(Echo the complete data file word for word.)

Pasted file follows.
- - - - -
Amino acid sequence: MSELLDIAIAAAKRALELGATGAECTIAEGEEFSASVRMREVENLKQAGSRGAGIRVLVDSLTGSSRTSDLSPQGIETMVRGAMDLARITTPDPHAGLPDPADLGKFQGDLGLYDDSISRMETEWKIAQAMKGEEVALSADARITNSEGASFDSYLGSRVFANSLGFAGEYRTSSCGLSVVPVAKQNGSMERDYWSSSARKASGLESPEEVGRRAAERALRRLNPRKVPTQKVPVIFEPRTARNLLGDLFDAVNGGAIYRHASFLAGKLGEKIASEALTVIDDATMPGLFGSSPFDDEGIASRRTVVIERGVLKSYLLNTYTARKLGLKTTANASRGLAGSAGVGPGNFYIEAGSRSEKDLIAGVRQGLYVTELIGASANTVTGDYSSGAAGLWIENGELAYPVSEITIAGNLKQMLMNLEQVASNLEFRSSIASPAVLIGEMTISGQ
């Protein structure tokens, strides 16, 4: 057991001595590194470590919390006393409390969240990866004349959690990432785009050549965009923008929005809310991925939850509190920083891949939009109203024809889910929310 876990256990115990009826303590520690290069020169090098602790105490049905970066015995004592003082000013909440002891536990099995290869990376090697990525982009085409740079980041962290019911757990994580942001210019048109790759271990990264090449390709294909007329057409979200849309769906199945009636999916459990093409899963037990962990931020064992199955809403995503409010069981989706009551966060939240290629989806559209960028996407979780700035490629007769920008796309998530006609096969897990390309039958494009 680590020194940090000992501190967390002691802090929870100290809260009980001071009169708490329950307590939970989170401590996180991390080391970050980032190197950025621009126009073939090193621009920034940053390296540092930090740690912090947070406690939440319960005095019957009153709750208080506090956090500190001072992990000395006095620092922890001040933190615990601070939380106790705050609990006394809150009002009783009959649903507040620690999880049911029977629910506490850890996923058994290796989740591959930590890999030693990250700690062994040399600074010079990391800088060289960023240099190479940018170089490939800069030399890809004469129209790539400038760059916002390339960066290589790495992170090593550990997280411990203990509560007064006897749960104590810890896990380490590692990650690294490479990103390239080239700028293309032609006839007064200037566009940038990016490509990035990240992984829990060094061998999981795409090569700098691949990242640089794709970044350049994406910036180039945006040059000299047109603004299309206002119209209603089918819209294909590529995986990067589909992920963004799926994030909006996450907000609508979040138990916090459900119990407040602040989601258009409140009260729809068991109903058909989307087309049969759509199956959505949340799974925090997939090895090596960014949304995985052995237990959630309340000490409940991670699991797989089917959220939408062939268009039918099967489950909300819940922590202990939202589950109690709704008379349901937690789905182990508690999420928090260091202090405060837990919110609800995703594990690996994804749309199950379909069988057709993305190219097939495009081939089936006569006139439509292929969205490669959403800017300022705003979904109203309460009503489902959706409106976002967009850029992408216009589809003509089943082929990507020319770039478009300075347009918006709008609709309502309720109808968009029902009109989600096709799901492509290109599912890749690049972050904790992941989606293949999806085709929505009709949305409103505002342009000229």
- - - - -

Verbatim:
Amino acid sequence: MSELLDIAIAAAKRALELGATGAECTIAEGEEFSASVRMREVENLKQAGSRGAGIRVLVDSLTGSSRTSDLSPQGIETMVRGAMDLARITTPDPHAGLPDPADLGKFQGDLGLYDDSISRMETEWKIAQAMKGEEVALSADARITNSEGASFDSYLGSRVFANSLGFAGEYRTSSCGLSVVPVAKQNGSMERDYWSSSARKASGLESPEEVGRRAAERALRRLNPRKVPTQKVPVIFEPRTARNLLGDLFDAVNGGAIYRHASFLAGKLGEKIASEALTVIDDATMPGLFGSSPFDDEGIASRRTVVIERGVLKSYLLNTYTARKLGLKTTANASRGLAGSAGVGPGNFYIEAGSRSEKDLIAGVRQGLYVTELIGASANTVTGDYSSGAAGLWIENGELAYPVSEITIAGNLKQMLMNLEQVASNLEFRSSIASPAVLIGEMTISGQ
């Protein structure tokens, strides 16, 4: 057991001595590194470590919390006393409390969240990866004349959690990432785009050549965009923008929005809310991925939850509190920083891949939009109203024809889910929310 876990256990115990009826303590520690290069020169090098602790105490049905970066015995004592003082000013909440002891536990099995290869990376090697990525982009085409740079980041962290019911757990994580942001210019048109790759271990990264090449390709294909007329057409979200849309769906199945009636999916459990093409899963037990962990931020064992199955809403995503409010069981989706009551966060939240290629989806559209960028996407979780700035490629007769920008796309998530006609096969897990390309039958494009 680590020194940090000992501190967390002691802090929870100290809260009980001071009169708490329950307590939970989170401590996180991390080391970050980032190197950025621009126009073939090193621009920034940053390296540092930090740690912090947070406690939440319960005095019957009153709750208080506090956090500190001072992990000395006095620092922890001040933190615990601070939380106790705050609990006394809150009002009783009959649903507040620690999880049911029977629910506490850890996923058994290796989740591959930590890999030693990250700690062994040399600074010079990391800088060289960023240099190479940018170089490939800069030399890809004469129209790539400038760059916002390339960066290589790495992170090593550990997280411990203990509560007064006897749960104590810890896990380490590692990650690294490479990103390239080239700028293309032609006839007064200037566009940038990016490509990035990240992984829990060094061998999981795409090569700098691949990242640089794709970044350049994406910036180039945006040059000299047109603004299309206002119209209603089918819209294909590529995986990067589909992920963004799926994030909006996450907000609508979040138990916090459900119990407040602040989601258009409140009260729809068991109903058909989307087309049969759509199956959505949340799974925090997939090895090596960014949304995985052995237990959630309340000490409940991670699991797989089917959220939408062939268009039918099967489950909300819940922590202990939202589950109690709704008379349901937690789905182990508690999420928090260091202090405060837990919110609800995703594990690996994804749309199950379909069988057709993305190219097939495009081939089936006569006139439509292929969205490669959403800017300022705003979904109203309460009503489902959706409106976002967009850029992408216009589809003509089943082929990507020319770039478009300075347009918006709008609709309502309720109808968009029902009109989600096709799901492509290109599912890749690049972050904790992941989606293949999806085709929505009709949305409103505002342009000229």